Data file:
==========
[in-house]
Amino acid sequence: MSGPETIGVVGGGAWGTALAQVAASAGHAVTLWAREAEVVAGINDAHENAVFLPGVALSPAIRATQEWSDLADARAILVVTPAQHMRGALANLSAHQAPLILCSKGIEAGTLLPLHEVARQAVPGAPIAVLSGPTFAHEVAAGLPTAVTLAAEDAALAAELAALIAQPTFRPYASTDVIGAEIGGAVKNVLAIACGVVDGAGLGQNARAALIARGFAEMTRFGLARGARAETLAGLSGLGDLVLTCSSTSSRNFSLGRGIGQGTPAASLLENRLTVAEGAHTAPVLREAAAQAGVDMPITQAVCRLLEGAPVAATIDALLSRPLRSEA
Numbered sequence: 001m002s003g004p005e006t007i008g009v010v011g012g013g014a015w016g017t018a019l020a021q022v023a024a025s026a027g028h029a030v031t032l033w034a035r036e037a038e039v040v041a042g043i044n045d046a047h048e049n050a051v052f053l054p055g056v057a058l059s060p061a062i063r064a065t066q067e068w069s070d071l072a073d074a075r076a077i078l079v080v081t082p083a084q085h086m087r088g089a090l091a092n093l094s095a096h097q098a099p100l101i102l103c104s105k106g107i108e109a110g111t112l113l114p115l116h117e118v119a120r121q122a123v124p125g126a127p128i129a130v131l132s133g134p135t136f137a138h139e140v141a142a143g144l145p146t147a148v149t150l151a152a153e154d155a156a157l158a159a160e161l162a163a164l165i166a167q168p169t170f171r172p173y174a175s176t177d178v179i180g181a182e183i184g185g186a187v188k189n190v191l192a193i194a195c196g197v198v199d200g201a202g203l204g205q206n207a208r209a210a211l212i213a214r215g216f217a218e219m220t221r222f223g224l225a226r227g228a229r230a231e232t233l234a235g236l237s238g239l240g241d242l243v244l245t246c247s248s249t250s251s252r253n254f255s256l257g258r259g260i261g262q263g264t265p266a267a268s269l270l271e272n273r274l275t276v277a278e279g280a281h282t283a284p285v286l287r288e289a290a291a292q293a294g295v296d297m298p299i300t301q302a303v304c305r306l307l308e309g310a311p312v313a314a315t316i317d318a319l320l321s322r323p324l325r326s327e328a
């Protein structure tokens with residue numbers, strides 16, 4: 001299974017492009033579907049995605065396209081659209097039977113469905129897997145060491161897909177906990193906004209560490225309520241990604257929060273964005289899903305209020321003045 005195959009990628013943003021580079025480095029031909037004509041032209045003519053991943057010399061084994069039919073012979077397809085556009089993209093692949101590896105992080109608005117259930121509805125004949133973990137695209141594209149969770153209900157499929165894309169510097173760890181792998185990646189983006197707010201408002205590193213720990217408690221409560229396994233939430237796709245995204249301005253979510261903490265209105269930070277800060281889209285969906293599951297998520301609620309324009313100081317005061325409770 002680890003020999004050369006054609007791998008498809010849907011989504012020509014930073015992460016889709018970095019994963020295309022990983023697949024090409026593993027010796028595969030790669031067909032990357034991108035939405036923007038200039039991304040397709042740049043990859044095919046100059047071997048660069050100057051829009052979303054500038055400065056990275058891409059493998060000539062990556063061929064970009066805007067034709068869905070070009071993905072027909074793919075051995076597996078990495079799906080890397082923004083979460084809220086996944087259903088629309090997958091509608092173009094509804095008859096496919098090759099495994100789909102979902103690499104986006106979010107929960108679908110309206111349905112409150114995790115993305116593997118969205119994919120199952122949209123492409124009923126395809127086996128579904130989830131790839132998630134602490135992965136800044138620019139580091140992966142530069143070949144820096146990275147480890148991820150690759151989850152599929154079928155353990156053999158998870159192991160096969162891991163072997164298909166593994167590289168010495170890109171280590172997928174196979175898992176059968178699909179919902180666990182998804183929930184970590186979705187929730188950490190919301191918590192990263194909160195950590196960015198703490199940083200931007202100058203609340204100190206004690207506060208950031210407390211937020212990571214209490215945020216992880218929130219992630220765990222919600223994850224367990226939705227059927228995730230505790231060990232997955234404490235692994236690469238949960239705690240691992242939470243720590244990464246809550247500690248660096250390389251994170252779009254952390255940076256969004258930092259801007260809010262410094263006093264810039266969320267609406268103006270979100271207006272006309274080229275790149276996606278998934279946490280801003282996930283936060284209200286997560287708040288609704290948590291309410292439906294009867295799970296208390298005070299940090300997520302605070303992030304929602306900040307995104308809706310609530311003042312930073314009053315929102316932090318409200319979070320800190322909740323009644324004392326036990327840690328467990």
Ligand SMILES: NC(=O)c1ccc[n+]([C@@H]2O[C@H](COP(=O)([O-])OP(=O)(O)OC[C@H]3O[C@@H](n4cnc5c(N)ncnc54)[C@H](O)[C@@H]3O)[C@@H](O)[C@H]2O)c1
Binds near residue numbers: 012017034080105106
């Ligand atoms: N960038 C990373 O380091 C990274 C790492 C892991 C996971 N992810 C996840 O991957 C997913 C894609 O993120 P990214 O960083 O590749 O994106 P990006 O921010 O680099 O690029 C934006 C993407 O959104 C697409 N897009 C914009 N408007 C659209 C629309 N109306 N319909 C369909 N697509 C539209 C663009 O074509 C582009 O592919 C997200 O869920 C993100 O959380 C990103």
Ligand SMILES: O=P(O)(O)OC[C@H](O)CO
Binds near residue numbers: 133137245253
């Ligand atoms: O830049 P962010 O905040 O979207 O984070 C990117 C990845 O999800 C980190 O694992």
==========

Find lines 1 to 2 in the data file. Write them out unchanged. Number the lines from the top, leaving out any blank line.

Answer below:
[in-house]
Amino acid sequence: MSGPETIGVVGGGAWGTALAQVAASAGHAVTLWAREAEVVAGINDAHENAVFLPGVALSPAIRATQEWSDLADARAILVVTPAQHMRGALANLSAHQAPLILCSKGIEAGTLLPLHEVARQAVPGAPIAVLSGPTFAHEVAAGLPTAVTLAAEDAALAAELAALIAQPTFRPYASTDVIGAEIGGAVKNVLAIACGVVDGAGLGQNARAALIARGFAEMTRFGLARGARAETLAGLSGLGDLVLTCSSTSSRNFSLGRGIGQGTPAASLLENRLTVAEGAHTAPVLREAAAQAGVDMPITQAVCRLLEGAPVAATIDALLSRPLRSEA